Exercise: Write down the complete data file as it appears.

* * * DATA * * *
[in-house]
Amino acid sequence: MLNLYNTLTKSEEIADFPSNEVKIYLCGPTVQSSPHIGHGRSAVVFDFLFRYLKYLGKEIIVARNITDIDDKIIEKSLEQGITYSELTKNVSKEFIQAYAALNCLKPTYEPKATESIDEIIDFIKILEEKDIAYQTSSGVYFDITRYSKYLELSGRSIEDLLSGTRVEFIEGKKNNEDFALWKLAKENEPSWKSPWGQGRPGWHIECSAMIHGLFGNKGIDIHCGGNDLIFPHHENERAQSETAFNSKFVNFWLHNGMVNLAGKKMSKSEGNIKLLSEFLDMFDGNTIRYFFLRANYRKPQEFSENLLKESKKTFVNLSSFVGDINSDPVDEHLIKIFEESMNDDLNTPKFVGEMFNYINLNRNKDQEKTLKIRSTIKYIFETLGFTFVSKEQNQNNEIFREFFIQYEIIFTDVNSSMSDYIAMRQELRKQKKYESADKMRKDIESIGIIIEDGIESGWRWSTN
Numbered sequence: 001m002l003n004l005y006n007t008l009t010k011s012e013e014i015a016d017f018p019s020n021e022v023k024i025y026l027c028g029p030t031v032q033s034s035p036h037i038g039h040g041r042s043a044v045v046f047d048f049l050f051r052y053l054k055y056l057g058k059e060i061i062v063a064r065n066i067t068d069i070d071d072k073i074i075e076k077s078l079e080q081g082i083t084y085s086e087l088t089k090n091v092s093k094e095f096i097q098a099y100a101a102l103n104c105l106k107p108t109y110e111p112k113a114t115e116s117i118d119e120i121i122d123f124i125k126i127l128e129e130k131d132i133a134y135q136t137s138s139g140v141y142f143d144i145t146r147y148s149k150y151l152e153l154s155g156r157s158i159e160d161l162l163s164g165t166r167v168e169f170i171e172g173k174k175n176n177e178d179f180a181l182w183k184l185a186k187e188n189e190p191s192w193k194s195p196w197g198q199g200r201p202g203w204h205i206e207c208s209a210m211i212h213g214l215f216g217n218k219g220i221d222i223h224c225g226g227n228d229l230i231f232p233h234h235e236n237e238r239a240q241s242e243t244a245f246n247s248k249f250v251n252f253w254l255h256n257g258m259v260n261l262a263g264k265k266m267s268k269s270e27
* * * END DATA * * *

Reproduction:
[in-house]
Amino acid sequence: MLNLYNTLTKSEEIADFPSNEVKIYLCGPTVQSSPHIGHGRSAVVFDFLFRYLKYLGKEIIVARNITDIDDKIIEKSLEQGITYSELTKNVSKEFIQAYAALNCLKPTYEPKATESIDEIIDFIKILEEKDIAYQTSSGVYFDITRYSKYLELSGRSIEDLLSGTRVEFIEGKKNNEDFALWKLAKENEPSWKSPWGQGRPGWHIECSAMIHGLFGNKGIDIHCGGNDLIFPHHENERAQSETAFNSKFVNFWLHNGMVNLAGKKMSKSEGNIKLLSEFLDMFDGNTIRYFFLRANYRKPQEFSENLLKESKKTFVNLSSFVGDINSDPVDEHLIKIFEESMNDDLNTPKFVGEMFNYINLNRNKDQEKTLKIRSTIKYIFETLGFTFVSKEQNQNNEIFREFFIQYEIIFTDVNSSMSDYIAMRQELRKQKKYESADKMRKDIESIGIIIEDGIESGWRWSTN
Numbered sequence: 001m002l003n004l005y006n007t008l009t010k011s012e013e014i015a016d017f018p019s020n021e022v023k024i025y026l027c028g029p030t031v032q033s034s035p036h037i038g039h040g041r042s043a044v045v046f047d048f049l050f051r052y053l054k055y056l057g058k059e060i061i062v063a064r065n066i067t068d069i070d071d072k073i074i075e076k077s078l079e080q081g082i083t084y085s086e087l088t089k090n091v092s093k094e095f096i097q098a099y100a101a102l103n104c105l106k107p108t109y110e111p112k113a114t115e116s117i118d119e120i121i122d123f124i125k126i127l128e129e130k131d132i133a134y135q136t137s138s139g140v141y142f143d144i145t146r147y148s149k150y151l152e153l154s155g156r157s158i159e160d161l162l163s164g165t166r167v168e169f170i171e172g173k174k175n176n177e178d179f180a181l182w183k184l185a186k187e188n189e190p191s192w193k194s195p196w197g198q199g200r201p202g203w204h205i206e207c208s209a210m211i212h213g214l215f216g217n218k219g220i221d222i223h224c225g226g227n228d229l230i231f232p233h234h235e236n237e238r239a240q241s242e243t244a245f246n247s248k249f250v251n252f253w254l255h256n257g258m259v260n261l262a263g264k265k266m267s268k269s270e27